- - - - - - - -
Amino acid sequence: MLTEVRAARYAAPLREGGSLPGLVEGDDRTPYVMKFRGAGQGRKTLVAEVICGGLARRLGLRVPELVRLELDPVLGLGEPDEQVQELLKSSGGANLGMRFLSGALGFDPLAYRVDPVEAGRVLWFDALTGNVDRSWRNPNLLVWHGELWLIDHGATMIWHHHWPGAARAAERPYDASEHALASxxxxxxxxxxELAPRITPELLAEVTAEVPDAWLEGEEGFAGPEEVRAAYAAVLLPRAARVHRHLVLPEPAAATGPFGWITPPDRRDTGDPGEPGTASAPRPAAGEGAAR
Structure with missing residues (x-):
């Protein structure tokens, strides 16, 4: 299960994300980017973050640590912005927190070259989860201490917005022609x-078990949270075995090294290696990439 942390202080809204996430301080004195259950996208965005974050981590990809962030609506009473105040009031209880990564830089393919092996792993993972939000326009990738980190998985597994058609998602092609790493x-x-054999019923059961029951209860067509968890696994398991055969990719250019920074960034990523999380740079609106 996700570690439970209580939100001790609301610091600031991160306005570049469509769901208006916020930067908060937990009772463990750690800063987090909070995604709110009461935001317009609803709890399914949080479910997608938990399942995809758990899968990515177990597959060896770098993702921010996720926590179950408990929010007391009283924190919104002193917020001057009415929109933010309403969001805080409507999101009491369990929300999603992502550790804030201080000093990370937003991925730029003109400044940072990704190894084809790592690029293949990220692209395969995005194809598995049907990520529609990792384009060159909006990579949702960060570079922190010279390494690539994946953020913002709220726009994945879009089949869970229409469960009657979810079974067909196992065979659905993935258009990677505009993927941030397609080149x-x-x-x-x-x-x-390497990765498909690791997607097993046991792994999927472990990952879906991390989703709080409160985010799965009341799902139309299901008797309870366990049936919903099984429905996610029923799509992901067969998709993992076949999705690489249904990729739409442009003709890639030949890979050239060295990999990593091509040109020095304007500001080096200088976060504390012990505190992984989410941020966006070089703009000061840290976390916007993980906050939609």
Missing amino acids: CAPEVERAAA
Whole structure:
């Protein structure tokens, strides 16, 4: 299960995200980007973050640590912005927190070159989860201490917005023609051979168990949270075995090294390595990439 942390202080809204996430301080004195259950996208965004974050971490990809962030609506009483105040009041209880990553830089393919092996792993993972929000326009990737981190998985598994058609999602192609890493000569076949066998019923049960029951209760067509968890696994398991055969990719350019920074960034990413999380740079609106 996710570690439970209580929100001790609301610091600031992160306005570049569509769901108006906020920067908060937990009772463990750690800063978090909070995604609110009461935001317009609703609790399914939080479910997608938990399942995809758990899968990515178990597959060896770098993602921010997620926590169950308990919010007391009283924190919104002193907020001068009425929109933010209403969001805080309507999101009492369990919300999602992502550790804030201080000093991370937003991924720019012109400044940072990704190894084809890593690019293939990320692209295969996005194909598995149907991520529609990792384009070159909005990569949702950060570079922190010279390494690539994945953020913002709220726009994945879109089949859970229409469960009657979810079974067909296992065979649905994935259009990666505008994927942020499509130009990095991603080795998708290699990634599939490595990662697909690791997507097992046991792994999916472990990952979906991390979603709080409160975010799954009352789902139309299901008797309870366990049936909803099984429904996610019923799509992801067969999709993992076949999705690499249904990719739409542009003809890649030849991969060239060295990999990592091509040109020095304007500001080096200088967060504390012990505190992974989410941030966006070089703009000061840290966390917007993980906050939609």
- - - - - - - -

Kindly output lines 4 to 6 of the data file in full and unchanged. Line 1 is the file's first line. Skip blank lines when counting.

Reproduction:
Missing amino acids: CAPEVERAAA
Whole structure:
């Protein structure tokens, strides 16, 4: 299960995200980007973050640590912005927190070159989860201490917005023609051979168990949270075995090294390595990439 942390202080809204996430301080004195259950996208965004974050971490990809962030609506009483105040009041209880990553830089393919092996792993993972929000326009990737981190998985598994058609999602192609890493000569076949066998019923049960029951209760067509968890696994398991055969990719350019920074960034990413999380740079609106 996710570690439970209580929100001790609301610091600031992160306005570049569509769901108006906020920067908060937990009772463990750690800063978090909070995604609110009461935001317009609703609790399914939080479910997608938990399942995809758990899968990515178990597959060896770098993602921010997620926590169950308990919010007391009283924190919104002193907020001068009425929109933010209403969001805080309507999101009492369990919300999602992502550790804030201080000093991370937003991924720019012109400044940072990704190894084809890593690019293939990320692209295969996005194909598995149907991520529609990792384009070159909005990569949702950060570079922190010279390494690539994945953020913002709220726009994945879109089949859970229409469960009657979810079974067909296992065979649905994935259009990666505008994927942020499509130009990095991603080795998708290699990634599939490595990662697909690791997507097992046991792994999916472990990952979906991390979603709080409160975010799954009352789902139309299901008797309870366990049936909803099984429904996610019923799509992801067969999709993992076949999705690499249904990719739409542009003809890649030849991969060239060295990999990592091509040109020095304007500001080096200088967060504390012990505190992974989410941030966006070089703009000061840290966390917007993980906050939609």